Others

Skin Care Teaching 2496

SN instructed patient and caregiver that the key difference between a suspected deep tissue injury (sDTI) and an unstageable pressure ulcer is that sDTI involves intact skin, whereas an unstageable ulcer involves a breakdown into at least the subcutaneous tissue. An unstageable ulcer is covered with necrotic tissue, such as slough or eschar, formed from remnants of the collagen matrix of subcutaneous tissue. So it’s always a full-thickness ulcer either stage III or stage IV.

Potassium Teaching 2486

SN provided teaching regarding hypokalemia. Low potassium (hypokalemia) refers to a lower than normal potassium level in your bloodstream. Potassium helps carry electrical signals to cells in your body. It is critical to the proper functioning of nerve and muscles cells, particularly heart muscle cells. S/s include weakness, muscle cramps, heart palpitations, and constipation. SN instructed that patient should report any of these to her nurse promptly. Verbal understanding noted.

General information Teaching 2485

Monitor circulation r/t compression dressing. Report if dressing is tight and constricting esp. in back of leg. Check color of feet and report if bluish or purple in color. Report any c/o numbness or tingling. Dressing should be removed immediately if any s/s occur. and notify doctor or nurse.

General information Teaching 2484

SN instructed about aspiration precautions. Consume honey thick liquids. Do not use a straw to drink fluid. Sit straight up when eating or drinking, have supervision with meals, do not eat alone. Sit up at least 1/2 hour after a meal.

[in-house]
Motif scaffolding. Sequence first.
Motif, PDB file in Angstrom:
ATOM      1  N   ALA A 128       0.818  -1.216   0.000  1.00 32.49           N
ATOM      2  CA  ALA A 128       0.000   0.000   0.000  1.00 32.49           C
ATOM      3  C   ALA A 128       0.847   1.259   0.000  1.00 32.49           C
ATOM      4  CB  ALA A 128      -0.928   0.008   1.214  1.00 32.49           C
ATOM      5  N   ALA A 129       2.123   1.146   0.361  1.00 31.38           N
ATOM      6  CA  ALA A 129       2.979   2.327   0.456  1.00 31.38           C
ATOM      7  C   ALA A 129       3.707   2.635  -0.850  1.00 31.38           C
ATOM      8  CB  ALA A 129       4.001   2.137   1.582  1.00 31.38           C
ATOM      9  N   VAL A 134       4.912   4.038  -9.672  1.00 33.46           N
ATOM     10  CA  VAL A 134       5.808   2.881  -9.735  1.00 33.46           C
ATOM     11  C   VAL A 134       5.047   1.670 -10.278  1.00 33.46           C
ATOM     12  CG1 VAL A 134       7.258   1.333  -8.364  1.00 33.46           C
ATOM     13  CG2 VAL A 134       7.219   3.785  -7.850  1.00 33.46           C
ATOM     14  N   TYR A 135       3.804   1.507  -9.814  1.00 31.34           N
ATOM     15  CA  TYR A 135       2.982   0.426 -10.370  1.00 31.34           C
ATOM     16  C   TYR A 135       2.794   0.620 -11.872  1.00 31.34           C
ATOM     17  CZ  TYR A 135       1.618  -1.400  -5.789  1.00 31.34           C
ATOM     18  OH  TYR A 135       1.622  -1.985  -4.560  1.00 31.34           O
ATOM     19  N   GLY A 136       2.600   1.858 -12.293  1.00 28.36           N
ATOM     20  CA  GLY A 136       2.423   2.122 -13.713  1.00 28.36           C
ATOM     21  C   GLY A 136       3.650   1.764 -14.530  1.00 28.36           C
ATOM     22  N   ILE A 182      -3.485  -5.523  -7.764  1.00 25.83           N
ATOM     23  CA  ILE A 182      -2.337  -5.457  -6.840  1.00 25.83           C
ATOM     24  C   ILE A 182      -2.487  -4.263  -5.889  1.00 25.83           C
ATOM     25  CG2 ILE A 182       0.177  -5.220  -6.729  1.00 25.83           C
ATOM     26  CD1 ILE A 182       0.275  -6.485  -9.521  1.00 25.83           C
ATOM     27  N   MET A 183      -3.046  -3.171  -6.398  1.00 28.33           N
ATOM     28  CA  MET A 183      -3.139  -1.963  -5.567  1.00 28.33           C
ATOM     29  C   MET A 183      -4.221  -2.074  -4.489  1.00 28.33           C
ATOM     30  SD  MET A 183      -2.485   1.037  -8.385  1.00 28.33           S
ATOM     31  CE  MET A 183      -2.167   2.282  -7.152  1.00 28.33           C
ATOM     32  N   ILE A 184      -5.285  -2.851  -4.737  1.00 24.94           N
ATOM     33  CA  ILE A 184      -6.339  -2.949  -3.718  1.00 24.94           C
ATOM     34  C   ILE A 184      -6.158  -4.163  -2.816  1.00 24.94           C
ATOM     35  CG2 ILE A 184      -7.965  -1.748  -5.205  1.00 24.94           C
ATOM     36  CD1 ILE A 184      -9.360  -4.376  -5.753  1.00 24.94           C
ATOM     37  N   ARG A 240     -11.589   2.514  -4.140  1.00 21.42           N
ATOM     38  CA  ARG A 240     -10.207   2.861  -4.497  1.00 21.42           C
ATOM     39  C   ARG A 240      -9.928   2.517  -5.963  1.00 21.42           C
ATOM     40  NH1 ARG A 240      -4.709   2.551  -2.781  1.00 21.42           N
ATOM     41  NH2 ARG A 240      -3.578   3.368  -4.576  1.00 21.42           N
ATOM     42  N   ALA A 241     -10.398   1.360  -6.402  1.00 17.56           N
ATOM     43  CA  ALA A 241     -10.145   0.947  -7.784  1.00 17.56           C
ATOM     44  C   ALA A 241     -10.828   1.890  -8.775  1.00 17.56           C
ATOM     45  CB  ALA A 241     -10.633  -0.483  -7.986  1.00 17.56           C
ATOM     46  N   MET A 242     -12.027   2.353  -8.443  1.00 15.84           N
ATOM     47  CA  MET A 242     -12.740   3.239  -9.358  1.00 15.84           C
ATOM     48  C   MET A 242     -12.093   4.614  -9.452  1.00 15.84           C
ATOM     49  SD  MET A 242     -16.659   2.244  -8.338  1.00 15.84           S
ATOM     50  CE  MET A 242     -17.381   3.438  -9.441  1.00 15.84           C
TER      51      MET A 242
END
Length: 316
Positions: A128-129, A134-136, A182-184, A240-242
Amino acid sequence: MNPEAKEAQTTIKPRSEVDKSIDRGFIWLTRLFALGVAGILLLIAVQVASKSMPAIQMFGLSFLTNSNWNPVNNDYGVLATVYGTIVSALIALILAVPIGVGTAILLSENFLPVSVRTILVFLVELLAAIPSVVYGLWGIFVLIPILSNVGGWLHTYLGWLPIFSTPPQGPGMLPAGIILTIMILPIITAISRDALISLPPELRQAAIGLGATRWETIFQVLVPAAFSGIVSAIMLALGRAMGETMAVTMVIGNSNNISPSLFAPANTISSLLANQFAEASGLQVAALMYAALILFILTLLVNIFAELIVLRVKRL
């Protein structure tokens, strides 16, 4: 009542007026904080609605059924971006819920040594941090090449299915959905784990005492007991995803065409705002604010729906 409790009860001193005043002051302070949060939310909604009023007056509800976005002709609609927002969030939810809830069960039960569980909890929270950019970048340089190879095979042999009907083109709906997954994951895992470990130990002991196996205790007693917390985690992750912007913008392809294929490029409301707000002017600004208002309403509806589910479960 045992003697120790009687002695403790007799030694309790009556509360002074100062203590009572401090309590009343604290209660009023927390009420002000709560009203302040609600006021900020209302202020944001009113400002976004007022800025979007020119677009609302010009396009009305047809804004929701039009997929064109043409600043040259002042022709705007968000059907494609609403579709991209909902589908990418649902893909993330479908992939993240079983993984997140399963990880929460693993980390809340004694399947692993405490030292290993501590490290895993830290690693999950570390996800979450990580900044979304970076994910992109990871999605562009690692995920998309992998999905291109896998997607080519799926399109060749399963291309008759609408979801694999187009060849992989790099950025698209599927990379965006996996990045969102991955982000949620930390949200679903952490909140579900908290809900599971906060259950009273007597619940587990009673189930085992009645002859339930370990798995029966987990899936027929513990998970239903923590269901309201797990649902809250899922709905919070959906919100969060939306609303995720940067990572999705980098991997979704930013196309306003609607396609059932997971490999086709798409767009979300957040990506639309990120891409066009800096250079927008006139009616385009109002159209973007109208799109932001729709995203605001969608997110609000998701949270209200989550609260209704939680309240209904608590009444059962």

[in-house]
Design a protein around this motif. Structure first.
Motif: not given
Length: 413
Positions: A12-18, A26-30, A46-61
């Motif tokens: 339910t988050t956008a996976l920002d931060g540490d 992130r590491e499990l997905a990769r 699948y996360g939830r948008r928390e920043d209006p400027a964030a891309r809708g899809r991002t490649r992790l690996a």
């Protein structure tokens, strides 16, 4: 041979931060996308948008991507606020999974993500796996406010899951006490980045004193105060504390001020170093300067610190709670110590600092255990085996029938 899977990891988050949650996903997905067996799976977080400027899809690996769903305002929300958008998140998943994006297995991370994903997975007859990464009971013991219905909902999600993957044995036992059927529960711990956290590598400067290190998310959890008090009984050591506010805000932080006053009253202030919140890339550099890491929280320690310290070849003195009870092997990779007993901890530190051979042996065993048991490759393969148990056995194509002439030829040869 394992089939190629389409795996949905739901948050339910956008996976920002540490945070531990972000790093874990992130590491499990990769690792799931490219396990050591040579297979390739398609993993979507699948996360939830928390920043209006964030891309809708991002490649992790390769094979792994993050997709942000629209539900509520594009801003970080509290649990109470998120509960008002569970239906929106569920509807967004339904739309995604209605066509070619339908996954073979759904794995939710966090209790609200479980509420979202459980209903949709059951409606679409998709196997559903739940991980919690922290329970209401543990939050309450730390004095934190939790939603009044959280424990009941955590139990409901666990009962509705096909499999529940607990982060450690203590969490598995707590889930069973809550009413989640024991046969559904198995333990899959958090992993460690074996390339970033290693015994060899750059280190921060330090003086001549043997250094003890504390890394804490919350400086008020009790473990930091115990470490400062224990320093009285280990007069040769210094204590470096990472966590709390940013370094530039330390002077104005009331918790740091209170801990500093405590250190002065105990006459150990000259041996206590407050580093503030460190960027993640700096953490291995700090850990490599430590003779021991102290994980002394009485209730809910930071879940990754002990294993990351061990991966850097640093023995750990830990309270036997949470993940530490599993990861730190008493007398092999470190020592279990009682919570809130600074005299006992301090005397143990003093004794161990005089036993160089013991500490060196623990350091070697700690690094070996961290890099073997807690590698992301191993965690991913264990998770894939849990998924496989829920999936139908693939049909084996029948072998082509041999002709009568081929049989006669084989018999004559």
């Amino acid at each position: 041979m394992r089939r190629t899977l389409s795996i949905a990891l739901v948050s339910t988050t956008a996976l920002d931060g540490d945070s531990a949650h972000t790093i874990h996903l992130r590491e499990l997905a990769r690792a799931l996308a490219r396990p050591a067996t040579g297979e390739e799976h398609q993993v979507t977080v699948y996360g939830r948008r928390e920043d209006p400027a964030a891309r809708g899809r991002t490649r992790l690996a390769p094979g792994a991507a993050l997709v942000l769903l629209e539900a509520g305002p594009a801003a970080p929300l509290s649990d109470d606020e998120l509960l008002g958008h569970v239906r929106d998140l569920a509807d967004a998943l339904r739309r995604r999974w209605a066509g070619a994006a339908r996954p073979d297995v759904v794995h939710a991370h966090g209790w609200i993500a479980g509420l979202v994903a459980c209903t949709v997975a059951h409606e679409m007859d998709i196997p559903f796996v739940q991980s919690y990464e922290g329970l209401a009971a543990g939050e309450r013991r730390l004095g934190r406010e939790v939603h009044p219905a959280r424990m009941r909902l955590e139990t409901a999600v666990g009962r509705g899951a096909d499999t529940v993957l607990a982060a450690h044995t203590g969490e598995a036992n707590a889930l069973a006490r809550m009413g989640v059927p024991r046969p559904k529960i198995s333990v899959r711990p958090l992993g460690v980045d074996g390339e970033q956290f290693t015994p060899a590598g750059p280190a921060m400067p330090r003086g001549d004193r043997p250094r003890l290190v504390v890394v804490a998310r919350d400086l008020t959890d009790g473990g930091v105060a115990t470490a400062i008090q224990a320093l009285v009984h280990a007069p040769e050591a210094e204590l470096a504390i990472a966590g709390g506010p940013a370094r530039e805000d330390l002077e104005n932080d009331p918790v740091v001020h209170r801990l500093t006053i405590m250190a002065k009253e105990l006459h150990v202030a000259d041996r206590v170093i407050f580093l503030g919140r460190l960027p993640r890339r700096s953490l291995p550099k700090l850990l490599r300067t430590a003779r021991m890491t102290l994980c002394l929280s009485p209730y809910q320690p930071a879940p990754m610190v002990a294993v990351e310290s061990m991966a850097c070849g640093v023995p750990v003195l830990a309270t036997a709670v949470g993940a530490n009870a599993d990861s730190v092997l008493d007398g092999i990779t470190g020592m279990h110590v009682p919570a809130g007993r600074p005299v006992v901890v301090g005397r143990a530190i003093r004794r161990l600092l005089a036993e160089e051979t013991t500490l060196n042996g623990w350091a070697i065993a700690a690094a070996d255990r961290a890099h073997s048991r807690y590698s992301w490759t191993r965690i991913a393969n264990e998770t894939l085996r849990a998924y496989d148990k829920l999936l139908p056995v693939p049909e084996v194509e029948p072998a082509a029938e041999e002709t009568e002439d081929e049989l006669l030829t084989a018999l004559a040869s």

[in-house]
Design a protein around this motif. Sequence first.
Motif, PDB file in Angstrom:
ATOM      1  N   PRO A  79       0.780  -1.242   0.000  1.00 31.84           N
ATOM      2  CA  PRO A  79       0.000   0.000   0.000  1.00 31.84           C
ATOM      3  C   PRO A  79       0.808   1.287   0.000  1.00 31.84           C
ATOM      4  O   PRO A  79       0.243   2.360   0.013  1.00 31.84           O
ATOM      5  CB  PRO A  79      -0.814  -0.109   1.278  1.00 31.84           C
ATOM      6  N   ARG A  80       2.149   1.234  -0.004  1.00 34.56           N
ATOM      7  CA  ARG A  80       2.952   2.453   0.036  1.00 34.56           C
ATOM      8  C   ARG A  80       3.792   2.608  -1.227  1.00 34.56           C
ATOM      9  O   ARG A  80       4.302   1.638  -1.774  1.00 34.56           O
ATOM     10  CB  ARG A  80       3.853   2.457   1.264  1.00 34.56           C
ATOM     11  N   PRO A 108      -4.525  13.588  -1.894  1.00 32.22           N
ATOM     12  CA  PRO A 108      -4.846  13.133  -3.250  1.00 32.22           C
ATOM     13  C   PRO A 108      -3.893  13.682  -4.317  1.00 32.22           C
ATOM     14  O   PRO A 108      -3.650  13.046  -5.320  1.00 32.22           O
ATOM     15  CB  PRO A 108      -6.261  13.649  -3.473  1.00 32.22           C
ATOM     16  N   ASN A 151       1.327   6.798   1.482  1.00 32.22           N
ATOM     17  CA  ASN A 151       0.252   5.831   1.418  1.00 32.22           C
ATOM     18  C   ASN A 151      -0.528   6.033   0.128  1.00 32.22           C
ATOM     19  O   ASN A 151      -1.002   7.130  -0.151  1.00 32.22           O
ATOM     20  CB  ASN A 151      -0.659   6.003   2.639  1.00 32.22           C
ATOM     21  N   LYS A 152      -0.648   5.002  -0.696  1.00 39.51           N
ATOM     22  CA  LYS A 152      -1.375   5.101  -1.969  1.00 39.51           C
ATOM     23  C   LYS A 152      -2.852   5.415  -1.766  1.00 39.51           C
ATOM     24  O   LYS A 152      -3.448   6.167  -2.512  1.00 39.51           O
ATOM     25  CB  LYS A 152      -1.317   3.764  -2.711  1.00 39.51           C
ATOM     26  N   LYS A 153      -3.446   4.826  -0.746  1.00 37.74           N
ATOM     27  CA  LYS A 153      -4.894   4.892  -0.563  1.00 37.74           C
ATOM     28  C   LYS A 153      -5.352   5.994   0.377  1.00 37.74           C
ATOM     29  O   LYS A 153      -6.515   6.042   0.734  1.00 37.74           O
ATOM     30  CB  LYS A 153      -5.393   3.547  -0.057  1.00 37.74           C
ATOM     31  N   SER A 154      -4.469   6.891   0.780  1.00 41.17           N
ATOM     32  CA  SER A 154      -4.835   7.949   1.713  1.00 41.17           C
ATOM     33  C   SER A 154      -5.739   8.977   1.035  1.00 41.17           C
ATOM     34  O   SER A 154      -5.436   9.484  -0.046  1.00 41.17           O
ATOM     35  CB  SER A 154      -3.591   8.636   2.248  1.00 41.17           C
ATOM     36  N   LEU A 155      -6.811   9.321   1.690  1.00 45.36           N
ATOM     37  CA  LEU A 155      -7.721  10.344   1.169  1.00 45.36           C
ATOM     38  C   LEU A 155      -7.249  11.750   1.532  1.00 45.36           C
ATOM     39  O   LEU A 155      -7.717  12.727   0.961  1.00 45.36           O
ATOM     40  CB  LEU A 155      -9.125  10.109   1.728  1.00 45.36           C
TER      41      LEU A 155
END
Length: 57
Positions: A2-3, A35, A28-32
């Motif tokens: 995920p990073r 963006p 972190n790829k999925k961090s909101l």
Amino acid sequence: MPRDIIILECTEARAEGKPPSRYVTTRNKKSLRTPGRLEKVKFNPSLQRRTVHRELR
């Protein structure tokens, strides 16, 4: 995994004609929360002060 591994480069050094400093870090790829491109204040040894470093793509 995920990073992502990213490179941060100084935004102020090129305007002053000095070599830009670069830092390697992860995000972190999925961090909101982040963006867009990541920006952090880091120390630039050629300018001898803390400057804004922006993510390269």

Bleending Teaching 2483

SN instructed patient and caregiver on how to stop a nosebleed. Make a thumbs up with hand on same side as nose bleed. Press side of nose that is bleeding closed and tilt head slightly down to prevent blood from going down into throat. Stay still for 5-10 minutes then gently release. Refrain from blowing nose or putting a tissue in nose x 24 hours. If bleeding does not stop seek medical attention.

Jackson Pratt drain Teaching 2480

Instructed patient When should I contact my healthcare provider. You drain less than 30 milliliters (2 tablespoons) in 24 hours. This may mean your drain can be removed. You suddenly stop draining fluid or think your JP drain is blocked. You have a fever higher than 101.5°F (38.6°C). You have increased pain, redness, or swelling around the drain site. If you have questions about your JP drain care contact your physician.

Jackson Pratt drain Teaching 2479

Instructed patient what are the risks of having a Jackson-Pratt drain. The JP drain site may be painful. You may have trouble lying on the side with your JP drain. Your JP drain site may leak. The JP drain may be pulled out by accident. The tubing may get blocked, crack, or break. The tubing may damage your tissue. You may have a scar. The JP drain site may get infected. This infection could spread inside your body.

Catheter Teaching 2478

SN assessed portacath insertion site every visit. SN instructed s/sx to report to SN / MD such as redness, pain, puffiness around port, drainage from insertion site, temperature above 100 degrees, shortness of breath and chest pain. Sn instructed on portacath care and protection of the skin over the port.

Flu Teaching 2477

Instructed patient to get a flu shot each year and decrease the exposure to the flu. Avoiding the flu is especially important for people who have or are at risk for heart disease. This highly contagious infection causes symptoms similar to the common cold, only more severe, other symptoms include debilitating muscle or body aches, vomiting and diarrhea, and fever. Having a serious infection puts extra stress on your heart, which increases your heart's need for oxygen. Coughing and congestion can make breathing more difficult. As a result, your heart may not get sufficient oxygen. Patient verbalized understanding.

General information Teaching 2403

Patient was educated on how to wear ordered arm sling, Gently pull the sling over your arm and elbow. It should fit snugly around the elbow, reach around your neck and grab the strap behind your elbow and tighten the straps so your hand and forearm are elevated above the level of your elbow. Orders were to maintain sling at 90 degree angle and to avoid any activities with the arm. Patient verbalized understanding